Your graduates and future leaders

graduates and future leaders


You did it. You attracted and recruited the best of the best in early careers talent to your organisation. It’s no secret that this can be tough so well done!

Now eyeball that same talent. Statistics say one in four will leave you within three years*. But they're part of your future success story and you want to hang on to them. How will you do this?


OK, Outward Bound might not have a magic wand, but we do know that investing in your talent's development won’t just teach them new skills that will make them more effective, but will strengthen their commitment to your business, increase your retention and ultimately help you attract more of the best applicants.

What's needed here?

Your task is to effectively develop your early careers talent, keeping them and your business happy, getting results and all within budget.

Q. So how do you make this happen?
You give them space to fail

Your grads and future leaders are smart. With their academic background, it's almost a given they'll understand a theory. But they might not know how to put it into practice or want to try in a high profile business situation.

Key moments to maximise success

Your entry level talent are fresh faced and full of beans. As new recruits they're going to be busy. They'll not only have to learn their job but also what it means to work for your organisation. The quicker they get up to speed, the more valued they will feel and the happier your stakeholders will be to see a return on your investment. You'll likely want their development to focus on:

  • Building core capabilities
  • Interpersonal skills
  • Integrating your values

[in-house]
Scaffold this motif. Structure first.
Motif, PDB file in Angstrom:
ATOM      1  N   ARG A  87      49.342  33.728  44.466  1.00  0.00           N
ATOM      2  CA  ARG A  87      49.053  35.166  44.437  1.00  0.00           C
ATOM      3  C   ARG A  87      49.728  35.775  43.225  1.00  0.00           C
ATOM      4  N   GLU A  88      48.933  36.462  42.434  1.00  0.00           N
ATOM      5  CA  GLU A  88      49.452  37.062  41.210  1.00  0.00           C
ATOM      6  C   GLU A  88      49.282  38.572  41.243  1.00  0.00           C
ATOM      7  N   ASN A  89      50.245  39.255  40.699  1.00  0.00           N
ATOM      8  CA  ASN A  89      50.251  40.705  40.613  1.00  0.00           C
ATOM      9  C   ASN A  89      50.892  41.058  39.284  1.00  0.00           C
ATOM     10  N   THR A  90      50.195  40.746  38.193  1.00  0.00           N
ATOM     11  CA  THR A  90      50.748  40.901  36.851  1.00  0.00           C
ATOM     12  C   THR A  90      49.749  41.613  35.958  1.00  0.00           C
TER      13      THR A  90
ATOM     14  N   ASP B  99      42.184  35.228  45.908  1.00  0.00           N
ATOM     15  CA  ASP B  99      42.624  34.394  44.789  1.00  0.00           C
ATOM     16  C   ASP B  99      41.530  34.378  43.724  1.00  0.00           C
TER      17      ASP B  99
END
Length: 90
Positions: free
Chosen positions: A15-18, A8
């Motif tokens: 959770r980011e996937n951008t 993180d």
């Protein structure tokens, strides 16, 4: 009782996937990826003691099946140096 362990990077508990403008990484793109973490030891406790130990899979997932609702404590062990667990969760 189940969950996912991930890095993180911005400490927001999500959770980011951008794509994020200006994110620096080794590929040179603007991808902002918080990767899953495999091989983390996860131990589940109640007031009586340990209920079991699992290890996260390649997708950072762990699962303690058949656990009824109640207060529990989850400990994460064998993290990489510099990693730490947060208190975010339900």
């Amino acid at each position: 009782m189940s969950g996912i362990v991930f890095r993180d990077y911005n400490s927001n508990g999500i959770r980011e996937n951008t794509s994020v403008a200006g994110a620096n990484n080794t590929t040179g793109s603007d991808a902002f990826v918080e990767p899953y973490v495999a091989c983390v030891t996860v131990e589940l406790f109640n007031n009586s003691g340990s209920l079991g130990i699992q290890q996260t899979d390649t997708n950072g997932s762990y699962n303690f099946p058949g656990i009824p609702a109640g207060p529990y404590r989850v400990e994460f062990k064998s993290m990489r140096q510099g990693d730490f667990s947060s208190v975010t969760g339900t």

• Purpose and direction

The 2019 ISE Student Development Survey found that employers are focused on improving a number of key skills and attributes that their graduates are lacking. We're currently working with employers make sustainable improvements in the development of their early careers talent in these areas:

  • Resilience
  • Leadership
  • Commercial awareness
  • Self-awareness
  • Interpersonal skills

Educate, enthuse and empower. Get the balance right with these three Es - and you might find you're holding the key to happiness for your early careers talent. As they move through your organisation you will be helping them with:

  • Decision-making
  • Situational leadership
  • Managing the experience of failure

The most common reason for early careers talent leaving their organisation is worries about career development. So that they stick with you, it's critical that they feel you are investing in their long term careers. As they prepare for the next step you can help them to:

  • Enhance their networking and influencing skills
  • Develop leadership agility
  • Reinforce a sense of personal responsibility for progression

Get in touch

Loyalty, retention and development. If any (or all) of these are on your mind for your grads and future leaders let's talk.

* Data taken from the Institute of Student Employers (2019). ISE annual student recruitment survey 2019. London.

The retention levels of different types of entry hire shows that on average graduates are less likely to be retained over both three and five years than apprentices. At three years 74% of graduates are retained, compared to 83% of apprentices. At five years 60% of graduates are retained, compared to 74% of apprentices. In general the longer the graduate programme, the better the retention levels. Most firms (79%) provide post-development support for their hires, which is in part designed to support retention.